Tunnel collapse renews safety concerns about nuclear sites

Posted May 12, 2017

Officials at the Hanford nuclear waste site in Washington state were moving "towards the recovery phase" Tuesday night after a section of a tunnel used to house contaminated radioactive materials was breached earlier, the U.S. Department of Energy said. "Five huge plants in the center of the Hanford Site processed 110,000 tons of fuel from the reactors, discharging an estimated 450 billion gallons of liquids to soil disposal sites and 53 million gallons of radioactive waste to 177 large underground tanks", the US Department of Energy's Office of Environmental Management said on its website.

The collapse of a tunnel containing radioactive waste at the Hanford nuclear weapons complex underscored what critics have always been saying: The toxic remnants of the Cold War are being stored in haphazard and unsafe conditions, and time is running out to deal with the problem.

Hanford leaders continue to say that no contamination at the site was reported and that no one was hurt.

Destry Henderson, spokesperson for the site's emergency operations centre, said no employees were hurt in the collapse and no radiation release has been detected.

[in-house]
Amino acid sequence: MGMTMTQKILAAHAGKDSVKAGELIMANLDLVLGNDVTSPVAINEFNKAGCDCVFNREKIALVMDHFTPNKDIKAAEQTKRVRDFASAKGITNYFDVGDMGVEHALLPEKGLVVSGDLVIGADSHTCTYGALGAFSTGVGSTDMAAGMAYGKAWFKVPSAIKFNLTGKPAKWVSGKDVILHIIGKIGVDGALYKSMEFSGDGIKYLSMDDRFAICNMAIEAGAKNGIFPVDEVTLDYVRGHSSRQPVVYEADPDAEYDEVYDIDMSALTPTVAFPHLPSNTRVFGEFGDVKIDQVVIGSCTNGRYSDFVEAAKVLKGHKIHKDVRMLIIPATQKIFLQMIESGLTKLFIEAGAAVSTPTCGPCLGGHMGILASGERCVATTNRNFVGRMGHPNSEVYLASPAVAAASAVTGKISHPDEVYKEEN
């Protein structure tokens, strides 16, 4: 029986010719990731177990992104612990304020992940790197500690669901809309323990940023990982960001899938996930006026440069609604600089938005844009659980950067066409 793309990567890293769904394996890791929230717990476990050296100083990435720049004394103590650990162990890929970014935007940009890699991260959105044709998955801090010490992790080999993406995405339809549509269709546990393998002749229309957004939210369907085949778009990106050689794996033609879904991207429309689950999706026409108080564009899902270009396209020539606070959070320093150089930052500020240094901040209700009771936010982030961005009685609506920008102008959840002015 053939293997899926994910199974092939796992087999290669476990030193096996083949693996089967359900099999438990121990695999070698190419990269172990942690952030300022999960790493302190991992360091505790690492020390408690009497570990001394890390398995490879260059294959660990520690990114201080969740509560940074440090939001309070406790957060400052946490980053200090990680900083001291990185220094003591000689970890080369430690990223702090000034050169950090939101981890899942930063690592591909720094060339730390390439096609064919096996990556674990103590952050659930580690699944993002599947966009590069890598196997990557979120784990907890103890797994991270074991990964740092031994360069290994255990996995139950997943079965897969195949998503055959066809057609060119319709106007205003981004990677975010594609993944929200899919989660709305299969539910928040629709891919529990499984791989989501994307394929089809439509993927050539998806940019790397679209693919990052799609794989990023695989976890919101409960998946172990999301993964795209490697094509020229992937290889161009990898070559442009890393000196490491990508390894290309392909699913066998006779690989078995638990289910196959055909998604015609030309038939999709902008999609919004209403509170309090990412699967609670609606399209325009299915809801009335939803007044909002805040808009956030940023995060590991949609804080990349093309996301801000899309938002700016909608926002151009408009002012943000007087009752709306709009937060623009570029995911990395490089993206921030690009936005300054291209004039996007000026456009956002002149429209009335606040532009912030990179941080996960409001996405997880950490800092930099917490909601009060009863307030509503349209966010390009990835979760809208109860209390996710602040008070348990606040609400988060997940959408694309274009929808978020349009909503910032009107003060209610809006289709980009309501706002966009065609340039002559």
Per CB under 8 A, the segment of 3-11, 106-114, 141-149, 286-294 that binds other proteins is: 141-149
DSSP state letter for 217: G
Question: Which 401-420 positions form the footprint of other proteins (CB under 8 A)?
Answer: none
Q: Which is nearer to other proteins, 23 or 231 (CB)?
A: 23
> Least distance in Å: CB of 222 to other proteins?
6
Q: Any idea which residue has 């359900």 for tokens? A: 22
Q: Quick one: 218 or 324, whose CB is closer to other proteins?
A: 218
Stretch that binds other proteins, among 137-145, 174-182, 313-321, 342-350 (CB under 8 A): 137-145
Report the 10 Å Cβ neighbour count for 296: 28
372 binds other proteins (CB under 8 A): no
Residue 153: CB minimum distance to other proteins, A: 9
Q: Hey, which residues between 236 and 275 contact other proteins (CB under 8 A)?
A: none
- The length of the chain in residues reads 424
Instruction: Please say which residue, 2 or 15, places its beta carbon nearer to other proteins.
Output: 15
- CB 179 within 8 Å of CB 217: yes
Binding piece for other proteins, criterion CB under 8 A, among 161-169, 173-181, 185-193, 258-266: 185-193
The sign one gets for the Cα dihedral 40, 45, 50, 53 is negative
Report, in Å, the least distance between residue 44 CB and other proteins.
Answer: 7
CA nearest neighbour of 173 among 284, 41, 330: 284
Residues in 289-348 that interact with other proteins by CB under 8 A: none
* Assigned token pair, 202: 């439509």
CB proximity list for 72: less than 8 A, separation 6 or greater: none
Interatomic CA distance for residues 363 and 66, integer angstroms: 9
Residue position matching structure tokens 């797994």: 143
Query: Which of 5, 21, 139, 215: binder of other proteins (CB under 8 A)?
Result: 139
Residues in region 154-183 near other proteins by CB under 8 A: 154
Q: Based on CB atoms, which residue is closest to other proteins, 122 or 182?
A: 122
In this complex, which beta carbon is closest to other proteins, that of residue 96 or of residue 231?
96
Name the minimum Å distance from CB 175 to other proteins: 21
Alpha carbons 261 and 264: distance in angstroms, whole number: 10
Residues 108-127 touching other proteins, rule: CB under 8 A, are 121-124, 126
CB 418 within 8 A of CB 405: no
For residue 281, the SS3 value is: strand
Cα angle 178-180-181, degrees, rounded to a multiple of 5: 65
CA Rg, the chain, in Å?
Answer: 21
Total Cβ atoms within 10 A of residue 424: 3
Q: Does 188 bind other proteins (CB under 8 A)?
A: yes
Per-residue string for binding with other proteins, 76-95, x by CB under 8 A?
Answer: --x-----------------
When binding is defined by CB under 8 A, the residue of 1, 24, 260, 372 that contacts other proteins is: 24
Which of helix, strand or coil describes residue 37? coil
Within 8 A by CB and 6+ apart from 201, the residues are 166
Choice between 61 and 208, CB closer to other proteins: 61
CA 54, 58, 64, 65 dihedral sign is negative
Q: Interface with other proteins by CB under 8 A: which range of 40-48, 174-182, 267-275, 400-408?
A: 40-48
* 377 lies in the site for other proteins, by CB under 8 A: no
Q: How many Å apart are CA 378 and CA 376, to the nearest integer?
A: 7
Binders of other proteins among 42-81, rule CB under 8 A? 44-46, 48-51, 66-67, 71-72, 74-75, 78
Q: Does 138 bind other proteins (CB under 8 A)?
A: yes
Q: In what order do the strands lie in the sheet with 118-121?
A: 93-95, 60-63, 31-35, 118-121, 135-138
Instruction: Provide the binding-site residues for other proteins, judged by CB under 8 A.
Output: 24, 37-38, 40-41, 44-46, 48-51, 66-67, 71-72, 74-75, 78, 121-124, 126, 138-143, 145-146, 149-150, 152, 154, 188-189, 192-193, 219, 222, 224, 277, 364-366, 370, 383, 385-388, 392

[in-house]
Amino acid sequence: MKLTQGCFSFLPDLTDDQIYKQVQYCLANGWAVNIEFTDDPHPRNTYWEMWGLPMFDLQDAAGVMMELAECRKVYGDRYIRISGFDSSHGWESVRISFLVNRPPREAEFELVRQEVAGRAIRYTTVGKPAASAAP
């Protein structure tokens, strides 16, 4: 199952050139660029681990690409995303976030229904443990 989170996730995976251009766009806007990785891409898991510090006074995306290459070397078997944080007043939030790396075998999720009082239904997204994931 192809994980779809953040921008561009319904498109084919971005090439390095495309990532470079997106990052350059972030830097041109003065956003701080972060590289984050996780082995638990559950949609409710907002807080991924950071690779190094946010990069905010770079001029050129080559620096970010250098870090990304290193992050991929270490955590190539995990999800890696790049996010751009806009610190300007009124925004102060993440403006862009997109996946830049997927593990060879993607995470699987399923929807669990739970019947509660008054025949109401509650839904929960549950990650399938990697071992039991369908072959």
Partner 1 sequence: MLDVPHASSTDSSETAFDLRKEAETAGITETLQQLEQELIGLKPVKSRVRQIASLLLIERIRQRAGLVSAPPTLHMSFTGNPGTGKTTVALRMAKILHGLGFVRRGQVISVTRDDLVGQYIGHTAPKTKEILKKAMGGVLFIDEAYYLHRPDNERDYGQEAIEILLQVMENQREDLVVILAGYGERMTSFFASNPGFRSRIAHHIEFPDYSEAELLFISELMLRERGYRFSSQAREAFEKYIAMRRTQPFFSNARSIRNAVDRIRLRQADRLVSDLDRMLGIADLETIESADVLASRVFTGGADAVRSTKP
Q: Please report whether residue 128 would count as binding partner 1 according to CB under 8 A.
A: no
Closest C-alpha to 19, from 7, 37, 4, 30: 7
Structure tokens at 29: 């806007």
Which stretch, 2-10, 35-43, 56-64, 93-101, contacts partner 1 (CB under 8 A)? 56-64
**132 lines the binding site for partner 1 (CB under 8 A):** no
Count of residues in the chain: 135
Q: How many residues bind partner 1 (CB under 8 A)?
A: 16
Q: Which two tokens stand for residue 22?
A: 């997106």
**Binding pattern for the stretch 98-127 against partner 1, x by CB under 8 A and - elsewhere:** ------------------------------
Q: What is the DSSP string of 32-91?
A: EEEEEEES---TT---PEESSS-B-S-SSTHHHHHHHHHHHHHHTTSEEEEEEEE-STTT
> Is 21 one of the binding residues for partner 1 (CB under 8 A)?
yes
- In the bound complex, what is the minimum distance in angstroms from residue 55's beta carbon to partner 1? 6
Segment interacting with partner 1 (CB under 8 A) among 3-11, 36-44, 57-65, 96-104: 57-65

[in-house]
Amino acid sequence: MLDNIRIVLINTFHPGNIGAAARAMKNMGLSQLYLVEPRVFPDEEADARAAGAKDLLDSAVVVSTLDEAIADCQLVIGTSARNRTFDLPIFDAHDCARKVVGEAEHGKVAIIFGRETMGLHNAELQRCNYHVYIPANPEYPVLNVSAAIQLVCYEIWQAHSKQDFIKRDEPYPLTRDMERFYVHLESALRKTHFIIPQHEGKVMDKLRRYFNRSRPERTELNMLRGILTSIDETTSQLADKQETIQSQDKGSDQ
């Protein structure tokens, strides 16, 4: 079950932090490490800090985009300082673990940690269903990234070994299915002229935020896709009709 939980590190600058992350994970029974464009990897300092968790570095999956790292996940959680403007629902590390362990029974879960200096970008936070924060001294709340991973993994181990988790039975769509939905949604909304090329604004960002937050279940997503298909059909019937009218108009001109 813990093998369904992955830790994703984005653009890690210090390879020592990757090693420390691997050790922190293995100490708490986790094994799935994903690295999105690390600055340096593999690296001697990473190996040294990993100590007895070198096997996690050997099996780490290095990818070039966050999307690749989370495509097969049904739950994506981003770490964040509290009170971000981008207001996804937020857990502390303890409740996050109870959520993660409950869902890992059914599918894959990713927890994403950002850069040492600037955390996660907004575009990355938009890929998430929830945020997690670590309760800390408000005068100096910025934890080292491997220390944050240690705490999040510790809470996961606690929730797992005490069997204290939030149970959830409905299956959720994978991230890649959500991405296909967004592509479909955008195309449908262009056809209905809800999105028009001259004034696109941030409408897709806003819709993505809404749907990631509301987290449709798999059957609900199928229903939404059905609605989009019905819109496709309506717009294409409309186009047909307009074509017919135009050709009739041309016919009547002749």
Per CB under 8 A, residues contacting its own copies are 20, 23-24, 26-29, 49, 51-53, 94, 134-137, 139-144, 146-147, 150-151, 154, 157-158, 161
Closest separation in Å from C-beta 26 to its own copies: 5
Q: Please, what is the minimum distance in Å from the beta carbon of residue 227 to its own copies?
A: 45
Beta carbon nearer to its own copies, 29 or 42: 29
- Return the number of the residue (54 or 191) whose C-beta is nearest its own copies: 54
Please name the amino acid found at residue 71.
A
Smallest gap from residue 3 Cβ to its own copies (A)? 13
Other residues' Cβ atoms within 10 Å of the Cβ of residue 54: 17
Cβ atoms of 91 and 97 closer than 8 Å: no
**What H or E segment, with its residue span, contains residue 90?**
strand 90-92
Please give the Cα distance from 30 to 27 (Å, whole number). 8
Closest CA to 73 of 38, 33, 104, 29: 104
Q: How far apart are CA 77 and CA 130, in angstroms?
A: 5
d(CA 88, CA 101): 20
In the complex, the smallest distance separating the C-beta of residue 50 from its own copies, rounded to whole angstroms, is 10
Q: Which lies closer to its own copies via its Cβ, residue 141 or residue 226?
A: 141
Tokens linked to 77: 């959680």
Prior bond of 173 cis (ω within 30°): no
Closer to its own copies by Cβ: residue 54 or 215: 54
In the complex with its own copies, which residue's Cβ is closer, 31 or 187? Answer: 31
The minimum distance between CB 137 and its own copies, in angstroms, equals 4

The spokesman warns the process will be done slowly, safely and methodically.

There was an emergency situation at this site in Washington state after a tunnel full of highly contaminated materials collapsed.

The collapse is near PUREX, an old Cold War factory in the center of Hanford that was used to extract plutonium for use in nuclear bombs.

The task of Hanford cleanup has been contracted to Washington River Protection Solutions which is estimated to take 110 billion to clean up nearly "56 million gallons of chemical and nuclear waste, stored in 177 underground tanks" and could take 50 years. Now, about 8,000 people are working on a massive cleanup that is expected to cost more than $100 billion and last through 2060.

Democratic U.S. Sen. Maria Cantwell of Washington said worker safety must be the priority.

Workers are wearing protective suits and breathing masks, said the department, which issued a video of the remediation.

"I know that's one of the things that they've been trying to determine, is when it might have happened", said Ken Niles, the administrator of the Oregon Hanford Cleanup Board for the Oregon Department of Ecology.

Railcars filled with radioactive waste are buried in the wood and concrete tunnels, which are covered by about 8feet of soil. That order will remain in effect until Wednesday evening for non-essential overnight worker too.

But non-essential workers at the Hanford site, which employs some 9,000 people, were told to stay home Wednesday.

"No action is now required for residents of Benton and Franklin counties", the Energy Department said on Tuesday, referring to the almost 300,000 residents near the site.

U.S. Energy Secretary Rick Perry acknowledged the problem with nuclear waste, saying the nation can no longer delay fixing the problem because lives are at stake. "There is no indication of a release of contamination at this point". Notably, plutonium produced at Hanford was used in the bomb US military forces dropped on Nagasaki, Japan.

The committee oversees the department's management of the cleanup efforts.